Treasury Secretary Janet L. Yellen called on Congress to raise the nation’s statutory debt limit high enough that it would not be reached until after the 2024 election, a move that would neutralize the ability of Republicans to block the United States from paying its bills in order to extract legislative concessions from Democrats.
Republicans are expected to use the nation’s borrowing cap as leverage if they ultimately retake one or both chambers of Congress next year. In previous years, they have demanded deep spending cuts in exchange for voting to increase the debt limit, leading to standoffs that have resulted in government shutdowns, rattling markets and threatening the nation’s credit rating.
Ms. Yellen said she believes that Democrats, who will retain control of the House and the Senate through at least the end of the year, should eliminate it as an issue for the rest of President Biden’s term.
“I would love to see it get done,” Ms. Yellen said in an interview on Saturday with The New York Times aboard her flight to Bali, Indonesia, for the Group of 20 summit. “I always worry about debt ceiling.”
Ms. Yellen has previously called for the debt limit to be abolished, but Mr. Biden has appeared to dismiss that idea. A protracted fight over the debt limit last year led to speculation about alternative ideas to pay the nation’s bills, such as minting a trillion-dollar coin, which Ms. Yellen has called a gimmick that should not be considered.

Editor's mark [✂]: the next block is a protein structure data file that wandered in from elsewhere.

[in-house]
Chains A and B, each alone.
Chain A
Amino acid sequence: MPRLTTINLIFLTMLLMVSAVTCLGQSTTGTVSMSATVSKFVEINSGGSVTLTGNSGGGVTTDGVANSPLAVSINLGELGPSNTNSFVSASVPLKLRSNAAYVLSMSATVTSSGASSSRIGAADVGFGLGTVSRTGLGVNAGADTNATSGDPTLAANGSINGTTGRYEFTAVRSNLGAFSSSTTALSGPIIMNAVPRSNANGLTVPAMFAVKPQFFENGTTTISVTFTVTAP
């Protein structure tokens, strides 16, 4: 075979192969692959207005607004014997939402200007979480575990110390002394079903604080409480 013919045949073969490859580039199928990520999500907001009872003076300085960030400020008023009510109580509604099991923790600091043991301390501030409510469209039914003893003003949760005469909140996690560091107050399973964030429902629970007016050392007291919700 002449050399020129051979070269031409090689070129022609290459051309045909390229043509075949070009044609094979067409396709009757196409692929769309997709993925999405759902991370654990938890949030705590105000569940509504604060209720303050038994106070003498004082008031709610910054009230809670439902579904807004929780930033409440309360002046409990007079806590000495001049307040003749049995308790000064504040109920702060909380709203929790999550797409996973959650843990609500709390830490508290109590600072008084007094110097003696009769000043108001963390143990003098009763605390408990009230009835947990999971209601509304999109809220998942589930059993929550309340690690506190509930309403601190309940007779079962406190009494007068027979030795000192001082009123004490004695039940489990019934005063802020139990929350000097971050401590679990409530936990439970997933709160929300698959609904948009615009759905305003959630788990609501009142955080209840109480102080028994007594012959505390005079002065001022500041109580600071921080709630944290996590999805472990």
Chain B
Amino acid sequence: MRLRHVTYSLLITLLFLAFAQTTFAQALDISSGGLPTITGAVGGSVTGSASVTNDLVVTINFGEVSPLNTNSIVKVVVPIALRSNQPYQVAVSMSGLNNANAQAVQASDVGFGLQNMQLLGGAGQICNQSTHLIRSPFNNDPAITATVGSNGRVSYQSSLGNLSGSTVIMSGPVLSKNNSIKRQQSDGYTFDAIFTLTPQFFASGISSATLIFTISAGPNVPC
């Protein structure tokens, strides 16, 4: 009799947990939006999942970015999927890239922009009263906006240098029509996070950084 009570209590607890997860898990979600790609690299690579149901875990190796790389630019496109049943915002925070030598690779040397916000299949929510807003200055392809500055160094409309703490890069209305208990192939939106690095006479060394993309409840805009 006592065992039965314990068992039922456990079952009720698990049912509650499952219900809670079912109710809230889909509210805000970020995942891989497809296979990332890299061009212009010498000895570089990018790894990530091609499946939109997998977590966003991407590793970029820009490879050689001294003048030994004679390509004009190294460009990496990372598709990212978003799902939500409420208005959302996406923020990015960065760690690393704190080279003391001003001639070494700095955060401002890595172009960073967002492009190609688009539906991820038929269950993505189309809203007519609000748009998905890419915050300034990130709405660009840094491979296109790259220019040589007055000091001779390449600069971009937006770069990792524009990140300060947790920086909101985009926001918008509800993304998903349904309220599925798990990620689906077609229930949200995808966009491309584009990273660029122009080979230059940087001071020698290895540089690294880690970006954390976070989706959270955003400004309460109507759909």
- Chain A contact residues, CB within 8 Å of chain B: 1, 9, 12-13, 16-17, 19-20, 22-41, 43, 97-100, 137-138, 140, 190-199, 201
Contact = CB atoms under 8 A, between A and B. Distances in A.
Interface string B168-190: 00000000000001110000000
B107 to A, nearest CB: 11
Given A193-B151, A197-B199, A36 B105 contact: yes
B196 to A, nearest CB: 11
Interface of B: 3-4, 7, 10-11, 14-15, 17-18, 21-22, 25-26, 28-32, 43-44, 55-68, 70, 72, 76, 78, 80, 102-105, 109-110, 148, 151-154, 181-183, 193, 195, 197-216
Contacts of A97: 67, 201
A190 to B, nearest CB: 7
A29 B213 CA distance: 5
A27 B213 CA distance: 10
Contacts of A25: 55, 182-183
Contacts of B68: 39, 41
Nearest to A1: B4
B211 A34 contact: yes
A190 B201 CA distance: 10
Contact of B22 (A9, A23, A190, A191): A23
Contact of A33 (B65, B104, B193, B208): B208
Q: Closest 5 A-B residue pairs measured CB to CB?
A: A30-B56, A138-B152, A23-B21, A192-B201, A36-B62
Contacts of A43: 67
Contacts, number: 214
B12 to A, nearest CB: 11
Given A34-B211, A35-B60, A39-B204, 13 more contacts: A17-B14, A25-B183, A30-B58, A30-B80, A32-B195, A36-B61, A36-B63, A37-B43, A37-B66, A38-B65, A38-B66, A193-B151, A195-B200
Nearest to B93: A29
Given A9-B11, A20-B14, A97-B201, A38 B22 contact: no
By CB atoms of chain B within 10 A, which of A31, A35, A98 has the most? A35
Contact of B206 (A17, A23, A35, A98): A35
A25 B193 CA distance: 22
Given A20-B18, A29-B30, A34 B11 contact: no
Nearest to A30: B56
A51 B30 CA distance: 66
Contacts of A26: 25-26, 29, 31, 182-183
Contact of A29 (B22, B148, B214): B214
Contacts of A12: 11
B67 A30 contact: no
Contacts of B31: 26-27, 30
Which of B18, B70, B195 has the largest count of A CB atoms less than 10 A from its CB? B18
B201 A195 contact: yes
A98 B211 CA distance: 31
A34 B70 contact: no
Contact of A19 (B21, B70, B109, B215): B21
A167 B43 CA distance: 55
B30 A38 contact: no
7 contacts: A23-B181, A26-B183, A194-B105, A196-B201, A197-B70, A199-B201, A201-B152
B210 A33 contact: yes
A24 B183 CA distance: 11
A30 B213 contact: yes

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Congress raised the debt limit by $2.5 trillion to about $31.4 trillion last December. That level is expected to be reached sometime in early 2023, although the Treasury Department can likely delay the so-called X-date using “extraordinary” measures until the second half of next year, according to the Bipartisan Policy Center.
Republicans, including Representative Kevin McCarthy of California, have suggested that debt ceiling increases should be tied to reconsideration of current spending. And former President Donald J. Trump has in recent weeks criticized Republicans for not using the debt ceiling more effectively to force concessions from Democrats.
While political control of the House and Senate remains too close to call, Republicans have suggested that if they win at least one they will push for legislation that would scale back safety net programs such as Social Security and Medicare.
Senator Ron Wyden of Oregon, the top Democrat on the Senate Finance Committee, said earlier this month that he would consider trying to use fast-track reconciliation rules that would prevent a Republican filibuster to lift the debt limit during the lame-duck session this year.
The Treasury secretary has warned that failing to lift or suspend the borrowing cap could cause an economic and financial calamity. While the debt limit is a cap on the total amount of money that the federal government is authorized to borrow to fulfill its financial obligations, lifting it does not authorize any new spending and in fact simply allows the U.S. to finance existing obligations.
In the interview, Ms. Yellen said that she would support a measure by Democrats to prevent the issue from being weaponized for political reasons.
“I think it’s just compromising the credit of the United States,” Ms. Yellen said. “Casting doubt on the willingness of the United States to pay its debt is a devastating economic self-inflicted blow.”
She added: “So any way that Congress can find to get it done, I’m all for.”